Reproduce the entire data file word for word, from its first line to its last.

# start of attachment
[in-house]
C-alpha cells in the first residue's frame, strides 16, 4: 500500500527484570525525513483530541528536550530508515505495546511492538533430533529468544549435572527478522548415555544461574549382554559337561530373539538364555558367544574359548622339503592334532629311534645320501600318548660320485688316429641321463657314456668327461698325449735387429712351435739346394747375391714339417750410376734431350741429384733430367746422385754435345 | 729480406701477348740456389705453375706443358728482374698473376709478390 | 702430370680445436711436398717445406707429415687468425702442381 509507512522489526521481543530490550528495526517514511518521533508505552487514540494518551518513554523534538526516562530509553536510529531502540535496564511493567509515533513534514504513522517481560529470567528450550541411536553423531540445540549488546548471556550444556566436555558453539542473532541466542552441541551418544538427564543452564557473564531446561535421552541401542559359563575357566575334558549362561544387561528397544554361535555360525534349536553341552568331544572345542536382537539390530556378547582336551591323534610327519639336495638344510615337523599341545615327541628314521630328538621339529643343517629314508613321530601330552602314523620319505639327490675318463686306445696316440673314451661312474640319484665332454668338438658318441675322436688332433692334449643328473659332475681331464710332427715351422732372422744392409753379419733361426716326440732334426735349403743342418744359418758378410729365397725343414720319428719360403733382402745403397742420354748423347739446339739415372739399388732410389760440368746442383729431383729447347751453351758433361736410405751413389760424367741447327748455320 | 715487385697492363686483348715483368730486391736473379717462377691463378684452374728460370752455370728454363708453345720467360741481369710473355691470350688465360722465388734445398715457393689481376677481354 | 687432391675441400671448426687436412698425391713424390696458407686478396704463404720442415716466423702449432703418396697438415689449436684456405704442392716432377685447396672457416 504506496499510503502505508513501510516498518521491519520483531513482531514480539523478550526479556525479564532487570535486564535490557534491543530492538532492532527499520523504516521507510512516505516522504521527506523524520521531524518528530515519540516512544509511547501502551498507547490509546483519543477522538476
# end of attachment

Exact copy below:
[in-house]
C-alpha cells in the first residue's frame, strides 16, 4: 500500500527484570525525513483530541528536550530508515505495546511492538533430533529468544549435572527478522548415555544461574549382554559337561530373539538364555558367544574359548622339503592334532629311534645320501600318548660320485688316429641321463657314456668327461698325449735387429712351435739346394747375391714339417750410376734431350741429384733430367746422385754435345 | 729480406701477348740456389705453375706443358728482374698473376709478390 | 702430370680445436711436398717445406707429415687468425702442381 509507512522489526521481543530490550528495526517514511518521533508505552487514540494518551518513554523534538526516562530509553536510529531502540535496564511493567509515533513534514504513522517481560529470567528450550541411536553423531540445540549488546548471556550444556566436555558453539542473532541466542552441541551418544538427564543452564557473564531446561535421552541401542559359563575357566575334558549362561544387561528397544554361535555360525534349536553341552568331544572345542536382537539390530556378547582336551591323534610327519639336495638344510615337523599341545615327541628314521630328538621339529643343517629314508613321530601330552602314523620319505639327490675318463686306445696316440673314451661312474640319484665332454668338438658318441675322436688332433692334449643328473659332475681331464710332427715351422732372422744392409753379419733361426716326440732334426735349403743342418744359418758378410729365397725343414720319428719360403733382402745403397742420354748423347739446339739415372739399388732410389760440368746442383729431383729447347751453351758433361736410405751413389760424367741447327748455320 | 715487385697492363686483348715483368730486391736473379717462377691463378684452374728460370752455370728454363708453345720467360741481369710473355691470350688465360722465388734445398715457393689481376677481354 | 687432391675441400671448426687436412698425391713424390696458407686478396704463404720442415716466423702449432703418396697438415689449436684456405704442392716432377685447396672457416 504506496499510503502505508513501510516498518521491519520483531513482531514480539523478550526479556525479564532487570535486564535490557534491543530492538532492532527499520523504516521507510512516505516522504521527506523524520521531524518528530515519540516512544509511547501502551498507547490509546483519543477522538476